By: Sally MacDonald

Crime Stoppers has a new plan to put a dent in a crime that law
enforcement says is increasing in Harris County.

On Wednesday they announced the second annual animal cruelty and
anti-dog fighting campaign.

Investigators are targeting a quarter mile area east of U.S. 59 off of
West Little York known as the “Corridor of Cruelty.”

It’s one of the saddest locations in all of Houston that’s been
frustrating officers and animal lovers for more than a year.

People come there to dump unwanted animals.

“It is a crime to dump live animals,” said Belinda Smith, Harris County
Assistant District Attorney.

“It’s heartbreaking to drive the streets of the corridor and watch
broken spirited and broken bodied animals dart in and out of the woods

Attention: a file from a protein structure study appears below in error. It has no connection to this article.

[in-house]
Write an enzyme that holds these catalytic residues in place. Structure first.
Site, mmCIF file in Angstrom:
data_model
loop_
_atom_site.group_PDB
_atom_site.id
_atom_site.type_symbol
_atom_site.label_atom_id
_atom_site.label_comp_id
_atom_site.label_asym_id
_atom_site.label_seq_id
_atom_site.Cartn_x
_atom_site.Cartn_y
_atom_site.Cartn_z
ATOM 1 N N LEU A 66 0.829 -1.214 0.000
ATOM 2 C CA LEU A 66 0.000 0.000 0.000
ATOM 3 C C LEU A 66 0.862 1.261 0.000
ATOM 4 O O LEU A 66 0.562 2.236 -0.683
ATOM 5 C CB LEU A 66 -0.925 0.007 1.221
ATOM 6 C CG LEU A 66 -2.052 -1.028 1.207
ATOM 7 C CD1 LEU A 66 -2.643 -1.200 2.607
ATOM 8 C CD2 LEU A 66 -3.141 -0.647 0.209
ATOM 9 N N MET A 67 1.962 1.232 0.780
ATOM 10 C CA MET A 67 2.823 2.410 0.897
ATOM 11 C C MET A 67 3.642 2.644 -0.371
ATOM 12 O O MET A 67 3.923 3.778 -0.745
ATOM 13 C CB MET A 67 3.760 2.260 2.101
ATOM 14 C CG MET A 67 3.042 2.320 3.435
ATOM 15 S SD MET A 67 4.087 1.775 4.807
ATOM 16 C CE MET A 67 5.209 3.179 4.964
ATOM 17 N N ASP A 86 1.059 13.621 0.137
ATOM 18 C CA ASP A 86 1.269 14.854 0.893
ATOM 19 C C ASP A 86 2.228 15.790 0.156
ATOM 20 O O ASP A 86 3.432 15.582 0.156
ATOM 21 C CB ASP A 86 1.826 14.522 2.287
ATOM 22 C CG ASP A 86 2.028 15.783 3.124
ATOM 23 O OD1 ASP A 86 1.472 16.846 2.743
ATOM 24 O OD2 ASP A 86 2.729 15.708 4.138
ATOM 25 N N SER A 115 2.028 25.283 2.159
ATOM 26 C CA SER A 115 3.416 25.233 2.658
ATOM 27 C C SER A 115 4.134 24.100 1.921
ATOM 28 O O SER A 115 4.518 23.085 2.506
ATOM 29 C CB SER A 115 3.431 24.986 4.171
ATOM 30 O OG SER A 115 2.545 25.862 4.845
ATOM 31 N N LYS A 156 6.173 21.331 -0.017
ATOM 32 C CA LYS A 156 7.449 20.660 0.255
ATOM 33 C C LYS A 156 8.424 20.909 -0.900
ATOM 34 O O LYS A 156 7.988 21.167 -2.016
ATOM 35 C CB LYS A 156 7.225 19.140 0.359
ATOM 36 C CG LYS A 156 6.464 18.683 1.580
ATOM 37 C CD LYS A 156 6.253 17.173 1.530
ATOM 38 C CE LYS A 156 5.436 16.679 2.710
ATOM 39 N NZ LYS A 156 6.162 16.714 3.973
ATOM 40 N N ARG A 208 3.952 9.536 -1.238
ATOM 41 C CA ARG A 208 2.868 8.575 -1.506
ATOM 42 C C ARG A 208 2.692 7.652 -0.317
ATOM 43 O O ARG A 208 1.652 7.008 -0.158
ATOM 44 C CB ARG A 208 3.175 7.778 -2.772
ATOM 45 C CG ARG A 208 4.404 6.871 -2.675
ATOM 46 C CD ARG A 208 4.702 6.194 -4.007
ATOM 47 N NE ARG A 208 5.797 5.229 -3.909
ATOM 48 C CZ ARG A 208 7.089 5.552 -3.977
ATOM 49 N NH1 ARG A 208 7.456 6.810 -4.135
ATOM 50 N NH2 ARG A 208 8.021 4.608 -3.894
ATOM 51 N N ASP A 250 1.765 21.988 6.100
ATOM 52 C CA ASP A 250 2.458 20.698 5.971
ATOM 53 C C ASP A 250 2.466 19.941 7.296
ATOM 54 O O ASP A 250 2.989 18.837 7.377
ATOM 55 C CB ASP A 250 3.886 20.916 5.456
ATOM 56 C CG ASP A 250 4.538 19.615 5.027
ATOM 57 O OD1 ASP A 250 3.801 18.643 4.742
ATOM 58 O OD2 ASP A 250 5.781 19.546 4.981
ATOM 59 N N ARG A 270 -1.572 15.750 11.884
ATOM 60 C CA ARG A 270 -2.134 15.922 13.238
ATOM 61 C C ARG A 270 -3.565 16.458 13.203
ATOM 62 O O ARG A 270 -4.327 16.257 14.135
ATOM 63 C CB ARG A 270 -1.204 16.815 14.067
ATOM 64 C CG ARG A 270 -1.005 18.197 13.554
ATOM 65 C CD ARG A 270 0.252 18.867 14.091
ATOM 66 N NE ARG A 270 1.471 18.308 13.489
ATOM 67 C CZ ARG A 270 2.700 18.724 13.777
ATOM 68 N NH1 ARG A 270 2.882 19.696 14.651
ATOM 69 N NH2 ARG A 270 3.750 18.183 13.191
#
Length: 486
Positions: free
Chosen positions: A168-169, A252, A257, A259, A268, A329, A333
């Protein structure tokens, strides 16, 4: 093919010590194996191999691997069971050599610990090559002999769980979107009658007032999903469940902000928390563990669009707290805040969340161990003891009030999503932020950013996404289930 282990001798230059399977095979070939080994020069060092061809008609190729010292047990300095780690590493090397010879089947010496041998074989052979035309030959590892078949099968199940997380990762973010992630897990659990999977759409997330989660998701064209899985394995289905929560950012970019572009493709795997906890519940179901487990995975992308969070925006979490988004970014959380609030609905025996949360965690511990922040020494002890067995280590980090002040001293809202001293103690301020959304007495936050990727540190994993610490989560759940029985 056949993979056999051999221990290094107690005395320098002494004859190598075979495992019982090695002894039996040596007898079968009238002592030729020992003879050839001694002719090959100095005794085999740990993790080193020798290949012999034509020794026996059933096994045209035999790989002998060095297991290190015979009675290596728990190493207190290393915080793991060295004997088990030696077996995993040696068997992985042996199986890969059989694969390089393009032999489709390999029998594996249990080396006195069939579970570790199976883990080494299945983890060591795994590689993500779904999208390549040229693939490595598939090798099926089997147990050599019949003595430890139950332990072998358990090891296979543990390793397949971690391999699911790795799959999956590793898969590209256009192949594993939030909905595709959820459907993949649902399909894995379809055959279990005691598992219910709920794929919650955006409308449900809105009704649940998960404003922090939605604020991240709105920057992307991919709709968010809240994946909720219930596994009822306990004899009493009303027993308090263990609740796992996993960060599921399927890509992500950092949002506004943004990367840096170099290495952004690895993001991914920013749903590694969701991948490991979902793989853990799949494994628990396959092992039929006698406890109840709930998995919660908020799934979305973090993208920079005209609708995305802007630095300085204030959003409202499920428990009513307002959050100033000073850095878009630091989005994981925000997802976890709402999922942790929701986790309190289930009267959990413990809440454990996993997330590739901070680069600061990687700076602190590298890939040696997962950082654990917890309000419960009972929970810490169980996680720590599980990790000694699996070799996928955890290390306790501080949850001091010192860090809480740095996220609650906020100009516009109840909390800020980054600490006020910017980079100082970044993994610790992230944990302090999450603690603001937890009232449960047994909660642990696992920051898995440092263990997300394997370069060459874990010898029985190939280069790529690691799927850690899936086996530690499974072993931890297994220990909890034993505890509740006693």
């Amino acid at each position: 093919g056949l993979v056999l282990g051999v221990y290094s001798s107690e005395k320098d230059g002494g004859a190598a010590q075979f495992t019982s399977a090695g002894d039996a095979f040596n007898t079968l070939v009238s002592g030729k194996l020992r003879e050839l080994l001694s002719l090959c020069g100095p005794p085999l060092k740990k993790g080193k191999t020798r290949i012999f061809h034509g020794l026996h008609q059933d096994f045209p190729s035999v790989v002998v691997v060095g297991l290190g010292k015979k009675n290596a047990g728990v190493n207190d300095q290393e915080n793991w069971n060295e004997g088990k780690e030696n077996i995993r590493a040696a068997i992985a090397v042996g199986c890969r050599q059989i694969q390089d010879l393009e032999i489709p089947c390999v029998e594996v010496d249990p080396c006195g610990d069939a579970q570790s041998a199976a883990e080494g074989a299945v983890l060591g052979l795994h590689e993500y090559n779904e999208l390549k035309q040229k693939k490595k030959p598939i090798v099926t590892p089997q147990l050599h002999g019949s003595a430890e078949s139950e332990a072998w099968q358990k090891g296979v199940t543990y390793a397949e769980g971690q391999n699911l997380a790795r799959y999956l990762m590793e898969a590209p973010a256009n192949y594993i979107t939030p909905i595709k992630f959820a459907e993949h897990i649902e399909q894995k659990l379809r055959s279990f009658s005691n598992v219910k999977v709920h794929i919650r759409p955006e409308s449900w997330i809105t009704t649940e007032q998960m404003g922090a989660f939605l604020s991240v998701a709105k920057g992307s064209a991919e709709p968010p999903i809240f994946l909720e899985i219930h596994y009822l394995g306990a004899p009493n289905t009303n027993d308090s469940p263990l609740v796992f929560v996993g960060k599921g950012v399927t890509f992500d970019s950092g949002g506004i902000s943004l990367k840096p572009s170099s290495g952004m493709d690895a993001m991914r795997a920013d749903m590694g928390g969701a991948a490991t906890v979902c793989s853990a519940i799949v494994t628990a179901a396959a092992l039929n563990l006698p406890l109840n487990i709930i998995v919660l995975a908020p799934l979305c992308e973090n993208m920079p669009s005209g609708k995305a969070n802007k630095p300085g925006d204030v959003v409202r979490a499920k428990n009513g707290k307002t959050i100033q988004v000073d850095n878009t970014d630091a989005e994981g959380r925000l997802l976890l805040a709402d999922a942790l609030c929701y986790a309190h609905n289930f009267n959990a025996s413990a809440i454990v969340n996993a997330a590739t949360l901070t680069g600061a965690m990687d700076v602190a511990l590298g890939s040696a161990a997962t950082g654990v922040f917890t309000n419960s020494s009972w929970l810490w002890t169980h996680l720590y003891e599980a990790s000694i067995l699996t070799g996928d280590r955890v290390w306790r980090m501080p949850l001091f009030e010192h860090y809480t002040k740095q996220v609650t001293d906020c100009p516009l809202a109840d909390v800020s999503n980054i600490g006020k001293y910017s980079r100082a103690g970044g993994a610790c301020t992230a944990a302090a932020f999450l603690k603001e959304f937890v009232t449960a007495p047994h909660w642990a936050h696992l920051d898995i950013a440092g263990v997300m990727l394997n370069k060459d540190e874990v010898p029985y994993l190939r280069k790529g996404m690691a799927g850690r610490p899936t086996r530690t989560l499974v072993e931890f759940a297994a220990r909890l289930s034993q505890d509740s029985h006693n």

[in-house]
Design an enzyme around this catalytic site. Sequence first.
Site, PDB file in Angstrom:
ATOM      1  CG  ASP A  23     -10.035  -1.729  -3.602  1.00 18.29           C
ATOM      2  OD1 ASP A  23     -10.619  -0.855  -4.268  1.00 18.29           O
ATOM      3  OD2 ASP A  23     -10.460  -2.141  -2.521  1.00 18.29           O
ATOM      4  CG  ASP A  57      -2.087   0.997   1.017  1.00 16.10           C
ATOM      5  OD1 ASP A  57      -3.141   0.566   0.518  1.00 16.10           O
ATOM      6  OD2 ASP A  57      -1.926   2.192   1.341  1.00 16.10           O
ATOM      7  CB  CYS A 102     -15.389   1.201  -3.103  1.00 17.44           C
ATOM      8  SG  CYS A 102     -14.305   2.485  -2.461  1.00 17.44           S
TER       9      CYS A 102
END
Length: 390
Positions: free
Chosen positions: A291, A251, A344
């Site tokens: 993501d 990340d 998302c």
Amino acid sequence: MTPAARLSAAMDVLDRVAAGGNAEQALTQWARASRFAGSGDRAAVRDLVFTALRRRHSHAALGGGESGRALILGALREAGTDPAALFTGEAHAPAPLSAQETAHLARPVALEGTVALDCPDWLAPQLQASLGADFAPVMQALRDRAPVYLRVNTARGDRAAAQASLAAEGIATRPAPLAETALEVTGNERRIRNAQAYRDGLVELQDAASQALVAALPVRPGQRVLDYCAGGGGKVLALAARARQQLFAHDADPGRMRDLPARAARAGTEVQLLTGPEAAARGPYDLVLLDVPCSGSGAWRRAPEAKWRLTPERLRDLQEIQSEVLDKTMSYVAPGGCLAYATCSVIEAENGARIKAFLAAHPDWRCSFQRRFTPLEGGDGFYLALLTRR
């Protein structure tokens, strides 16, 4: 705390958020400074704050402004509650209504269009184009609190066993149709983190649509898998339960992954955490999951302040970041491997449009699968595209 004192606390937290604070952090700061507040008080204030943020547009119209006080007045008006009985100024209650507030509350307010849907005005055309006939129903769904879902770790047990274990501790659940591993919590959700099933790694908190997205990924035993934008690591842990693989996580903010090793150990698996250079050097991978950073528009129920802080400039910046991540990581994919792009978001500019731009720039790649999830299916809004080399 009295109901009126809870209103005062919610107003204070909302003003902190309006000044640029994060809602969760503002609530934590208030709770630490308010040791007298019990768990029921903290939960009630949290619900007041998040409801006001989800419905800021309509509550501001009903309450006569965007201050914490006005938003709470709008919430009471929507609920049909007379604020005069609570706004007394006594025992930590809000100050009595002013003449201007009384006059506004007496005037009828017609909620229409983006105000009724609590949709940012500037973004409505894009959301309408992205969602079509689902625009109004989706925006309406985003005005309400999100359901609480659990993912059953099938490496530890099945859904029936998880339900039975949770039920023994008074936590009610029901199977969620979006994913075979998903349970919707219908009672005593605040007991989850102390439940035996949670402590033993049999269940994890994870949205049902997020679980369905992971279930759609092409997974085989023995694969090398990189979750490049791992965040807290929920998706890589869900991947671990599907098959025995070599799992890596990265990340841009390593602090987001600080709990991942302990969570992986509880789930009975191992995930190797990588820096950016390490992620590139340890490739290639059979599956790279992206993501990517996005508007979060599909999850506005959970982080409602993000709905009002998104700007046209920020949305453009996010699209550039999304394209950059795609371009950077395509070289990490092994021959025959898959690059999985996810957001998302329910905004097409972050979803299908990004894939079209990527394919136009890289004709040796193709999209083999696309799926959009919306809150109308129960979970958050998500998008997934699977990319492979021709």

scrounging for food, safety and shelter,” said Deborah Hoffman, Corridor
Rescue, Inc.

No one has ever been arrested.

Now a cooperative effort is finally taking shape to target the cruelty
giving officers and volunteers hope.

“We’re going to be committing several undercover officers and plain
clothes detectives to work these cases,” said Major Mike Wong, Harris
County Sheriff’s Office.

Investigators hope to identify the people who are tossing animals.

“If you have any information, no matter how small you think it is,
please call today,” said Katherine Cabaniss, Crime Stoppers.

SNAP, a non profit spay and neuter group, along with Corridor Rescue,
Inc. have tried to be the agents of change.

One hundred and fifty animals have been relocated, but more abused and
neglected dogs seem to arrive daily.

“Enough is enough in the corridor. Change for the better must happen,”
said Hoffman.

The number to call if you have information is: 713.222.8477